Time for a Convention

constitutional convention
Getting round the table
Time for citizens to have their say

Time for a Convention

Citizens should decide where power lies in this country.

After the Scottish independence and European referendums, nothing in the UK can be the same. But if there is one thing which that both referendums made clear, it was that people do not accept that these decisions should be made by politicians behind closed doors.

The story so far

October 2012 ERS submits evidence to the Political and Constitutional Reform Committee

11 September 2014 ERS gathers 19 democracy experts to write to the Times calling for a Constitutional Convention

19 September 2014 Four of the five largest UK-wide parties call for a Constitutional Convention following the Scottish independence referendum

17 October 2014 ERS gathers 28 civil society and academic signatures for a letter to William Hague asking him to commit to a Constitutional Convention

11 December 2014 ERS joins forces with Unlock Democracy to hand in our 15,000-strong petition to No.10 Downing Street

17 July 2015 ERS and 12 senior academics and journalists write to the Times in support of Lord Purvis Bill establishing a Constitutional Convention 

16 September 2015 the ERS and 6 Universities launch a Citizens Assembly Pilot Project.

May 2016 the ERS and 3 universities launch A Better Referendum, a tool to help people run their own assemblies about the EU referendum.

What’s a Convention?

A constitutional convention is a process for involving members of the public in making decisions about the constitutional shape of a country, region, nation or state. Conventions and assemblies on constitutional issues have been held in a number of countries and regions, including Ireland, Iceland and British Columbia. The UK also has experience of constitutional conventions, most notably the Scottish Constitutional Convention which paved the way for the creation of the Scottish Parliament.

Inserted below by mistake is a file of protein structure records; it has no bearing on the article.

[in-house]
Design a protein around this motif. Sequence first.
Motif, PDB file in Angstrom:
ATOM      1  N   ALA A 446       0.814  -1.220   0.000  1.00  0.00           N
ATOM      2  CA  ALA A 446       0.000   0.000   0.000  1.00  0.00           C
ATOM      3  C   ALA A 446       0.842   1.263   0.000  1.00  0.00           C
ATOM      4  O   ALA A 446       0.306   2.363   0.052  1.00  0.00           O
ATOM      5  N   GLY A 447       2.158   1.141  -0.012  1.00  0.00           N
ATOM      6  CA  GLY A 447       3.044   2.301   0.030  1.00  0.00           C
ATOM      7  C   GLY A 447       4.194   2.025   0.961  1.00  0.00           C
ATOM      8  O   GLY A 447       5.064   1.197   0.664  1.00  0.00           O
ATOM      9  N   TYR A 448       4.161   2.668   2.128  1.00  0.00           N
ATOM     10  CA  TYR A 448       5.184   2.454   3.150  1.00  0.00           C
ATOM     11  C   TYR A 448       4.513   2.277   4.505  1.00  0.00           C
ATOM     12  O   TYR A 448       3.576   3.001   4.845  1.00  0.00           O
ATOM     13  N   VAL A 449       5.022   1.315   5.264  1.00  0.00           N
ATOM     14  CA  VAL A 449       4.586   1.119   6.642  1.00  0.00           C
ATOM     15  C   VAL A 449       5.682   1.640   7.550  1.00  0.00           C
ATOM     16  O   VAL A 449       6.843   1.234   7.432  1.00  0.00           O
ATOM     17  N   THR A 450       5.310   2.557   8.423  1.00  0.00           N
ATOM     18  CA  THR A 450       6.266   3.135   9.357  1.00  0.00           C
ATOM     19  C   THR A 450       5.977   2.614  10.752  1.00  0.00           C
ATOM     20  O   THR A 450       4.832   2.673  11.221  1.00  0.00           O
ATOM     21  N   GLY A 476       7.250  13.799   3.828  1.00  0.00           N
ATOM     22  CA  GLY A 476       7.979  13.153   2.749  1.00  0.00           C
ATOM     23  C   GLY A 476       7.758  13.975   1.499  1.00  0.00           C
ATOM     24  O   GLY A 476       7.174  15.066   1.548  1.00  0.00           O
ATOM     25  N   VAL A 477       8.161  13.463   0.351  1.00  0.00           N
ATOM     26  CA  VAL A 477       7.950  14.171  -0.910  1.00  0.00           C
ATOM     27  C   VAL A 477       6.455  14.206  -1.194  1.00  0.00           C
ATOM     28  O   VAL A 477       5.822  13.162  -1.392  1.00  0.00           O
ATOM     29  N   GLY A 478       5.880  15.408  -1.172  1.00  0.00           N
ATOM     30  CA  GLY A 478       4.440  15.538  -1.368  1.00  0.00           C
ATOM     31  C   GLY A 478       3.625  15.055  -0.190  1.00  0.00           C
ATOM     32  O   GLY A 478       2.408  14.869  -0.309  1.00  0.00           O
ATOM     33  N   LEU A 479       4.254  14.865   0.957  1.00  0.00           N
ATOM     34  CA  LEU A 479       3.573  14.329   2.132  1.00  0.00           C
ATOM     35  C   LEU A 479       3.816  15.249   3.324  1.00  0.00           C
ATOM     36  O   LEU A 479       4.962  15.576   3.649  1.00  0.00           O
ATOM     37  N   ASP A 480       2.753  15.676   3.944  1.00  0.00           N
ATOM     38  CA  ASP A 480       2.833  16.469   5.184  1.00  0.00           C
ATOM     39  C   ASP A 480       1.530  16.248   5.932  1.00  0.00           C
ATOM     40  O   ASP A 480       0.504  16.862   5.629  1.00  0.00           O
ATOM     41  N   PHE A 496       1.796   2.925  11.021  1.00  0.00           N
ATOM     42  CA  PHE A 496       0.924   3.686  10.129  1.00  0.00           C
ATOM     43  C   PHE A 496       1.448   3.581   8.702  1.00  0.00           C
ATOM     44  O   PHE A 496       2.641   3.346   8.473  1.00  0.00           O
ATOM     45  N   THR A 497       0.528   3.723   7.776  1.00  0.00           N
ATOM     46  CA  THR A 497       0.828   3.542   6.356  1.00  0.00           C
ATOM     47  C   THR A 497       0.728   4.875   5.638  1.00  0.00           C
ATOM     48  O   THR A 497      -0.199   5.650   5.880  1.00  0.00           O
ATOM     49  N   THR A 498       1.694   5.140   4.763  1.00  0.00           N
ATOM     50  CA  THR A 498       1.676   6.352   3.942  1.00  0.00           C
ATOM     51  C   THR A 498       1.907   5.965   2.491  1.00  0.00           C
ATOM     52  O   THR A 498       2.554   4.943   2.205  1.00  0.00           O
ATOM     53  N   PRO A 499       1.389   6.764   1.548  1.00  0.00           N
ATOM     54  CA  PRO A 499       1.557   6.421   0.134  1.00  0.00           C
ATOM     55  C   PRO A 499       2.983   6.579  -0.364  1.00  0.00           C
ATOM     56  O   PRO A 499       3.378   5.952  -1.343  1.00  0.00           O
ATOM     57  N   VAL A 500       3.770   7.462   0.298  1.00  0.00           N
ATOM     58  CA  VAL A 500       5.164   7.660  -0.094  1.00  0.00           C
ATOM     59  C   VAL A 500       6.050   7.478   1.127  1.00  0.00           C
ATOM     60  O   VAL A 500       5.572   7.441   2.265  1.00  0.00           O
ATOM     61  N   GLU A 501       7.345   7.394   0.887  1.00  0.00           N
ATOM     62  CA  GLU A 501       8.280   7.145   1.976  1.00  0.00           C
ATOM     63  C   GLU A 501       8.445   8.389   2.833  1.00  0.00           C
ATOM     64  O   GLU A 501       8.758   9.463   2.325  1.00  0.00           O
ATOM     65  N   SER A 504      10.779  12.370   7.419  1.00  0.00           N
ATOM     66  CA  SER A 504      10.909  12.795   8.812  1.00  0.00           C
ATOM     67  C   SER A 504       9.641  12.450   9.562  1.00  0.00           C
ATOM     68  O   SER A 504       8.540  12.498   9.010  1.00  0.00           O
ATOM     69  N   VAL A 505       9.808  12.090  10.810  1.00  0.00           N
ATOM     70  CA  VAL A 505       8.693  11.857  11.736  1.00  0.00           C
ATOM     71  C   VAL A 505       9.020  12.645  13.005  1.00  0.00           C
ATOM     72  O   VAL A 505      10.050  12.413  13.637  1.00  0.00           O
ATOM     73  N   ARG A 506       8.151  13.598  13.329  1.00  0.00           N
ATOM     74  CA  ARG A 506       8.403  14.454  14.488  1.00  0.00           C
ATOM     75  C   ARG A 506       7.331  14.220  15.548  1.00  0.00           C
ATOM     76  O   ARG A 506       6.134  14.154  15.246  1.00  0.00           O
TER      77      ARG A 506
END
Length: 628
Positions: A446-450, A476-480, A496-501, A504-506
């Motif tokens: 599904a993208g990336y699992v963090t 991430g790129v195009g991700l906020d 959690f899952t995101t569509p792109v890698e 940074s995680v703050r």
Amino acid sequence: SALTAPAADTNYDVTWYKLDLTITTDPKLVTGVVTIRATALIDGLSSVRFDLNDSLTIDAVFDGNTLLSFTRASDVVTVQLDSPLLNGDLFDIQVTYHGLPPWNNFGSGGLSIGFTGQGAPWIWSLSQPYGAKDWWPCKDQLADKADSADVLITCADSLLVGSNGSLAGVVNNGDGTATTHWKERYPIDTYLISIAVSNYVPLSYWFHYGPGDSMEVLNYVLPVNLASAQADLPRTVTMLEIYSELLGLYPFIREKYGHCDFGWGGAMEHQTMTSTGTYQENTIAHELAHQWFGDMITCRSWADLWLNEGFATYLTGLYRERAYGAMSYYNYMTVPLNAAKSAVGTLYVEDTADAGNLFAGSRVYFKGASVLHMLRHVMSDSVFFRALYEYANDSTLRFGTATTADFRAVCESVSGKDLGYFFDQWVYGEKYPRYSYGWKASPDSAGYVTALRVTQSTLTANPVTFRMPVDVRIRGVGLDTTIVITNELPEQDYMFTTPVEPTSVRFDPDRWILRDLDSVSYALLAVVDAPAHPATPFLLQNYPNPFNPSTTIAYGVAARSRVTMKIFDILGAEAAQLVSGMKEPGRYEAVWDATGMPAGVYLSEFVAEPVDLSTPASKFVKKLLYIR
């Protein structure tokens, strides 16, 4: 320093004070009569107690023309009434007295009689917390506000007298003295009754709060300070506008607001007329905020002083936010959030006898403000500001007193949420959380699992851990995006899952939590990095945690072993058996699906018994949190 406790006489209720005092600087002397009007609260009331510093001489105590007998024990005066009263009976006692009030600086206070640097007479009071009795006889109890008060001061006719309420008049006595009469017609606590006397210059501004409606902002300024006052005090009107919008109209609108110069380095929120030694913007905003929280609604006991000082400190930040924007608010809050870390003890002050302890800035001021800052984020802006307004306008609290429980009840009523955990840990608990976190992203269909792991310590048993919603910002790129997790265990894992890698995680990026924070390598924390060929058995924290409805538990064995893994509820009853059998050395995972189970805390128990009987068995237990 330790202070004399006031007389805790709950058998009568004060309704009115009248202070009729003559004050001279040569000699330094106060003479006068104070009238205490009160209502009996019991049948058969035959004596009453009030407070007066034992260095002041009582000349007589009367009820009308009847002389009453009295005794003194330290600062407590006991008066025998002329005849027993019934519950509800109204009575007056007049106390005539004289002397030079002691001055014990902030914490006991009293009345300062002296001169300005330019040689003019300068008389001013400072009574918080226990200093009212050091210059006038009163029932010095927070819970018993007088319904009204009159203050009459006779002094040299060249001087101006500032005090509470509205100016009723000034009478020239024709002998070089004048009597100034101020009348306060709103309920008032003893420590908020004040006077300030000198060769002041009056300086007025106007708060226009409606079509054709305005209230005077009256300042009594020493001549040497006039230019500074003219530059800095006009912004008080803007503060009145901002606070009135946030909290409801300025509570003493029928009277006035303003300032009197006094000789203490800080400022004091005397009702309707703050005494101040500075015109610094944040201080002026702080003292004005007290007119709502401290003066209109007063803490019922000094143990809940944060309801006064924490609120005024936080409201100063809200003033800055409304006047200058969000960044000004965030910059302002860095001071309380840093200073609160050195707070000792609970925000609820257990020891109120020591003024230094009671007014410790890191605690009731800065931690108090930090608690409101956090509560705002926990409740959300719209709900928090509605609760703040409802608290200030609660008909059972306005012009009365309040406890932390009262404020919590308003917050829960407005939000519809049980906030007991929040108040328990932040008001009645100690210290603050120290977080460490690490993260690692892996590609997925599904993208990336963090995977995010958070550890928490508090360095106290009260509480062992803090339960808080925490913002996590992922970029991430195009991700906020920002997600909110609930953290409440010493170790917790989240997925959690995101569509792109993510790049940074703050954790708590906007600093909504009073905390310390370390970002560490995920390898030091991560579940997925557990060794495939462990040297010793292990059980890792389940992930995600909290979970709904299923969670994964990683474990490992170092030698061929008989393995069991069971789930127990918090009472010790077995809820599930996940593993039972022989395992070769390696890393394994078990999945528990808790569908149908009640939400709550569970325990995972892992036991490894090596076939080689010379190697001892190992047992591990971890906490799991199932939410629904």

The design and composition of these conventions reflect the unique geographical, historical and political make up of each of these areas, and the moment in time in which the conventions took place. While there are lessons to be drawn, the UK will need a convention suited to its own distinct composition and needs.

Read why Parliamentarians should back Lord Purvis' Constitutional Convention Bill

Read our briefing on how to do a Constitutional Convention

Find out more about the case for a Convention

It's time for a UK-wide, citizen-led Constitutional Convention to decide the future shape of our country.

Democracy Matters Citizens' Assembly

In an effort to test how different models of Constitutional Conventions could operate, the Electoral Reform Society and 6 leading universities have launched a ‘Citizens’ Assembly’ pilot project, funded by the Economic and Social Research Council (ESRC). The Assemblies themselves were held in Sheffield and Southampton in October and November 2015. You can read our report on the project here, and find out more about the project on citizensassembly.co.uk

Constitutional Convention

Discover more about why we need a Constitutional Convention
As part of a group of academics we ran a Citizens' Assembly pilot project
Join our call for a Convention